notniceSet the nice-level of "goodexe" processes -4 Any negative number greater than -20 Centralno
batchjobSet the nice-level of "badexe" processes 18 Any positive number less than 20Centralno
runawaySet the bad karma (nice) level at which runawayexe processes are killed with SIGTERM 20 Any positive numberCentralno
killSet the bad karma (nice) level at which runawayexe processes are killed with SIGKILL 22 Any positive numberCentralno
badkarmarateSet the amount of bad karma generated per second of 100% cpu usage (for small bad karma levels) .0167 Any positive real number Centralno
badkarmarestorationrateSet the amount of bad karma removed per second of 0% cpu usage .0167 Any positive real number Centralno
periodicitySet the approximate number of seconds between iterations through the process analysis code of VeryNice 60 Any positive integer. Large values use less CPU. Small values give more precise performance. Centralno
rereadcfgperiodicitySet the approximate number of program cycles (periodicities, above) between attempts to reread the configuration files of VeryNice 60 Any positive integer. Be aware that reconfiguring requires looking up the .verynicerc file in each user's home directory and does not affect existing processes. Centralno
immuneuserInhibit VeryNice from modifying the nice level of a user's processes, except for "goodexe", below, if set in the central config file.(none)Any user name, unquotedCentralyes
immuneexeInhibit VeryNice from modifying the nice level of certain executables(none)Any substring of the complete path to the executable, quoted with double quotes ("). If it begins with '/', it must match the complete path precisely. Central/Useryes
badexeForce the nice level of an executable to the BATCHJOB level(none) (As above)Central/Useryes
goodexeForce the nice level of an executable to the NOTNICE level. This is typically used for real-time multimedia applications which need high priority(none) (As above) Central/Useryes
runawayexeMark an executable as a potential runaway process. Only processes specially marked will ever be killed by VeryNice(none) (As above) Central/Useryes
hungryexeMark an executable as "assumed to be CPU hungry". Such a process will be treated as if it were using 100% of the CPU, regardless of its actual CPU usage. This is appropriate for programs that do their real work in lots of short-lived subprocesses, such as make(1). (none) (As above) Central/Useryes
A note about "karma"

Processes are tracked and reniced according to their "bad karma". Bad karma is accumulated whenever the process hogs the CPU, and is reduced if the process is idle. "goodexe" processes have negative bad karma (i.e. good karma).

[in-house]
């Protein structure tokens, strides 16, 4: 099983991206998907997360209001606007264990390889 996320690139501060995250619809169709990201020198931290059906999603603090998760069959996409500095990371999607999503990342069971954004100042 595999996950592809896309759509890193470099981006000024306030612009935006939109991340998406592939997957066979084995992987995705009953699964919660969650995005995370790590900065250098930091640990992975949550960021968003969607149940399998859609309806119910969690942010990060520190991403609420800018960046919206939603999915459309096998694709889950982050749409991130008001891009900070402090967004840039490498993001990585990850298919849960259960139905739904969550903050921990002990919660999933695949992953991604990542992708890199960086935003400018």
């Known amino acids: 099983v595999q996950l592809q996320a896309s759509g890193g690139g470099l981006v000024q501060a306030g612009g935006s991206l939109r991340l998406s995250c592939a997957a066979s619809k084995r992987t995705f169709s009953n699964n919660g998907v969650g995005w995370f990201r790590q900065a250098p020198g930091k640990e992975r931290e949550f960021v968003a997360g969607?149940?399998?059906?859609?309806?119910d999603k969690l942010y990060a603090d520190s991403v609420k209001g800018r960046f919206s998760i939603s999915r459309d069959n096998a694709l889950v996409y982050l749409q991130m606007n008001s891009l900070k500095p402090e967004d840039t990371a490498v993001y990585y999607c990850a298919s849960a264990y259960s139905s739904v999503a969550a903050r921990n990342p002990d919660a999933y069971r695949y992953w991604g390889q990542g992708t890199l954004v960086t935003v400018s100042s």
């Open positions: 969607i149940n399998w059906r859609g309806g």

VeryNice was written with security in mind, nevertheless is is impossible to guarantee that there aren't any holes. Users in general CAN use VeryNice to renice their processes to negative nice values, up to the centrally configured "notnice" value (default -4). Remember, VeryNice runs as root on the local host and does not support network access. However, it does access and read information from individual users' configuration files. For security reasons, the configuration files will be used only if they are regular files and are not symbolic links.


VeryNice should scale without any trouble to extremely large networks with very large numbers of users.


ProblemPossible cause
VeryNice sets all processes (even root-owned) to nice-level zero on startupVeryNice cannot find it's configuration file. Try a 'make clean' and rebuilding it with the proper PREFIX, then a make install with the same PREFIX. Make sure you're not running an old copy that was installed in another directory
Processes aren't identified properly on SolarisVeryNice can currently only identify the filename of the executables on Solaris, not their complete paths. However, you can use a leading slash in the configuration file to force a precise match of the filename. For example "X" will match both "X" and "Xserver", but "/X" will only match "X" and not "Xserver".
I'm confused about what VeryNice is doingTry looking at VeryNice's process database. This will give renice levels, karma levels, and configuration flags. It can be dumped with kill -USR1 [verynice_process_id].




Steve Holland sdh4 at the domain